Conference Update: Emily LaPointe and Genevieve Messak Aldi

Two of our own grad students branched out from campus this fall and presented papers at conferences in the Northeast. Second year lit concentrated student Emily Lapointe travelled to Fordham University in Manhattan this October to present her paper The Revolution in Retrospect: Problematizing Binaries, Hierarchies, and Violent Methods of Change in Susan Choi’s American Woman” at The Art of Outrage: Poetics. Politics. Polarization Interdisciplinary Conference. This was her second conference, so she’s getting to be a professional at these, what worried her most was navigating New York City. “I took the train down at 5AM and then walked the 25 blocks from Penn Station to the Fordham Campus-and this was my first time in NYC!” Aside from getting from one place to another, the major stressor was preparedness. “I had to read the papers of the other two panelists, to come up with a couple of questions to ask each of them and then think of ways that all of our papers connected. It was a good amount of extra work but it really helped to know what my fellow panelists were arguing before our session as it game me time to think of questions and connections well in advance rather than on the fly.”

This being her second conference, Emily thinks it’s an important part of the grad school process to submit to conferences in the hopes of getting your work seen by your peers and perhaps soon to be colleagues. She’d encourage anyone to submit abstracts for conferences that are coming up this winter and spring. “Not

Emily Lapointe

only to conferences help you to see what other people in your areas of interest are working on, but it also forces you to practice speaking in front of others in a professional setting. Conference experience will only help you in terms of your CV/resume and in terms of practice. If you’re writing a paper or even have a good idea, write up an abstract for it. Not only will it help you practice for submitting to conferences, but it will help you to pare down the elements of your argument. Don’t be shy to ask a professor to look at an abstract either!” What’s Emily’s next big move after all of her conference work? “My next goal is to try and publish one of my papers, which I think would also be another great addition to experience and my resume materials!”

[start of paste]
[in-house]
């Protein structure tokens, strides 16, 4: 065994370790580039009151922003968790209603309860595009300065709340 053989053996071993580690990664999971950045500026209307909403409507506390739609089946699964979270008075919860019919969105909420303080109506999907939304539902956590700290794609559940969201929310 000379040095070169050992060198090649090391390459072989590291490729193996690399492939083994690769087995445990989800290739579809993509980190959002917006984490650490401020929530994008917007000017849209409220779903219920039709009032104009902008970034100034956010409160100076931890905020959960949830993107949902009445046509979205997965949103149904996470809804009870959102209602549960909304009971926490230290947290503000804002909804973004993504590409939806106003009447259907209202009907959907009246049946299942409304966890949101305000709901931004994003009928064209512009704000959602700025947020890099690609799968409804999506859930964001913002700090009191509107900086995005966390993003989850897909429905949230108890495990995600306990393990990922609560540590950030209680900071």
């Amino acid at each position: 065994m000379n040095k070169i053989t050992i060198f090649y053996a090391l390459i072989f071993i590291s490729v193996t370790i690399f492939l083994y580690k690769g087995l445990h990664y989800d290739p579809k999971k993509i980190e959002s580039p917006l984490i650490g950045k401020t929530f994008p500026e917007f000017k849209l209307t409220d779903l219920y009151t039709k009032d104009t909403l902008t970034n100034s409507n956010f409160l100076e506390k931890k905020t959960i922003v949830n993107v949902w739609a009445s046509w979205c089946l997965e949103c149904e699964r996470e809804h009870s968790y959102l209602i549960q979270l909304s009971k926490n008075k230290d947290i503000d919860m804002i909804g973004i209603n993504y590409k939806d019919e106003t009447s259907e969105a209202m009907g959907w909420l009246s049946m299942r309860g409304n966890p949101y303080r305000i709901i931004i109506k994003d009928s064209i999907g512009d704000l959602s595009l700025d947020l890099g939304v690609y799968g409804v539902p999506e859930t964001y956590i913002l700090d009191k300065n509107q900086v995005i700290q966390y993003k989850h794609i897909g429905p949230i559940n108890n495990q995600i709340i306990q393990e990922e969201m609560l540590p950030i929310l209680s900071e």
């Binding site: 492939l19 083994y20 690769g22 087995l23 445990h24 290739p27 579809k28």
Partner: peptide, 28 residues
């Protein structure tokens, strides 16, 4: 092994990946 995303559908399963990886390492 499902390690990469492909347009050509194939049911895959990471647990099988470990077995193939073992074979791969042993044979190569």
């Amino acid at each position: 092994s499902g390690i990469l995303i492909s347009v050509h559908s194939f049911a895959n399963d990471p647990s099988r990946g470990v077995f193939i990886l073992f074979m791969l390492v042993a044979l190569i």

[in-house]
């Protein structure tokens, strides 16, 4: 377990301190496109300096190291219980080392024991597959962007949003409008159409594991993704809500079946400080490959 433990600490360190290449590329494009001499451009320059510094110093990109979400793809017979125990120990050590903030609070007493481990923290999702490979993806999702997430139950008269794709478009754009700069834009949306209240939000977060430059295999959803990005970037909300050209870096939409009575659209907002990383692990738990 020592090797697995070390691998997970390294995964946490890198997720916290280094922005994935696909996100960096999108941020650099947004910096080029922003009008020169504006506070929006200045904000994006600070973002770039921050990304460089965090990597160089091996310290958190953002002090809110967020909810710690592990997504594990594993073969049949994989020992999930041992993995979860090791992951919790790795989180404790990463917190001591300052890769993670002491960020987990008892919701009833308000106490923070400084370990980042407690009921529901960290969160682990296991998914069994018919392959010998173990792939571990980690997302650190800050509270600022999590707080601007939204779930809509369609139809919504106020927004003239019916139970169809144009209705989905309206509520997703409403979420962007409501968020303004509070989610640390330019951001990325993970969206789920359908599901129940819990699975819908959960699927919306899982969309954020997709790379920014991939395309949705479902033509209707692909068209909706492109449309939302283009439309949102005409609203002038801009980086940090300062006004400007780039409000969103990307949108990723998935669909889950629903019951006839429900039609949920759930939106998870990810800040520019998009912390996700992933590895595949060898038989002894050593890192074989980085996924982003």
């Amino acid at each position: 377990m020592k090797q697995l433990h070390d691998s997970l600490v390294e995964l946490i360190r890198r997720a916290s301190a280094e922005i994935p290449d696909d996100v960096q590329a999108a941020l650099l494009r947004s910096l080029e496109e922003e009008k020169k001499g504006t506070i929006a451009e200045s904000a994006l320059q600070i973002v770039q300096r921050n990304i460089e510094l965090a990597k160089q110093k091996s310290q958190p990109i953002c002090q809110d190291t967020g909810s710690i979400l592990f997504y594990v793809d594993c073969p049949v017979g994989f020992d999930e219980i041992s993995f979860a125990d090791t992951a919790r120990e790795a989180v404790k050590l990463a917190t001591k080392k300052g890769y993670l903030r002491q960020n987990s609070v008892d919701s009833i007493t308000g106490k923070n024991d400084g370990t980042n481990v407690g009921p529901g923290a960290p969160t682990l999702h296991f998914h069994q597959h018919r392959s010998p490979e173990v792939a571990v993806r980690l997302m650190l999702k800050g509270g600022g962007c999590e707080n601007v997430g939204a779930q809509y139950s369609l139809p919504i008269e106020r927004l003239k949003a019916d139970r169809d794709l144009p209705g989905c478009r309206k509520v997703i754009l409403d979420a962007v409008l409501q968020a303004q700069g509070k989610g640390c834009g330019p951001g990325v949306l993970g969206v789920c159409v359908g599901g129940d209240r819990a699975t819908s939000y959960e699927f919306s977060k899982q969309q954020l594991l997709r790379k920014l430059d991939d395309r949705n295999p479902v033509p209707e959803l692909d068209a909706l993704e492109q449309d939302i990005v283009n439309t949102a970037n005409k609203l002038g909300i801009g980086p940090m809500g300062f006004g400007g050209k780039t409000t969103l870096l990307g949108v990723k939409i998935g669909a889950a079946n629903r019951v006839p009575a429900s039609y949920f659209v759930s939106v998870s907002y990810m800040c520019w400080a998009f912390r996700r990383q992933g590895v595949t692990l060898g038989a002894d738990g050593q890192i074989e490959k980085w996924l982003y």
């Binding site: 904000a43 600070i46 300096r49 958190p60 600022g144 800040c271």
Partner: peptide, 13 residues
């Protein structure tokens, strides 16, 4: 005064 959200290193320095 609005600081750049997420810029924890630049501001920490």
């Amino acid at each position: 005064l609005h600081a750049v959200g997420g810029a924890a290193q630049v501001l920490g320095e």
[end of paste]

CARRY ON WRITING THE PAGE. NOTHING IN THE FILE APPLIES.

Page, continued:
Attending her first conference on November 4th was Genevieve Messak Aldi. She presented her paper “Problematics of Traditional Gender Identity: Theories of Butler and Halberstam Applied to Contemporary Drama” at the Mid-Atlantic Popular American Culture Association Conference in Philadelphia, PA. She attended the panel “Engendering Complications.” Though she was nervous at first, she used her acting training to cover up any jitters she had to start, and found the conference environment itself to be very comfortable. “They had set the room up so that it looked almost like a classroom. It sort of reminded me of presenting papers to my classes here at school,” she said, “So props to St. Rose for making class like a conference!” Not worrying about the geography of her conference area, Genevieve focused her preparation on refreshing her memory about her arguments and staying within her time limit. “I reread my paper so many times, and checked back on my sources just to get into the mindset of my argument again. I also put important points down on note cards. The coordinators said that we were going to be kept to a strict twenty minute time limit so I wanted to make sure I didn’t end up getting cut off!”

Like Emily, Genevieve thinks that it’s a really important thing to do for graduate students. “The exchange of ideas that goes on a conference is really amazing. I’d recommend that anyone submits a paper who wants to. Just pick a paper or thought you love and go for it!” She loved the whole event so much she even wished she could have stayed longer. “I was only able to stay for the day I was presenting,” the just-married Genevieve says, “But if I could have I would have stayed for the whole thing!”

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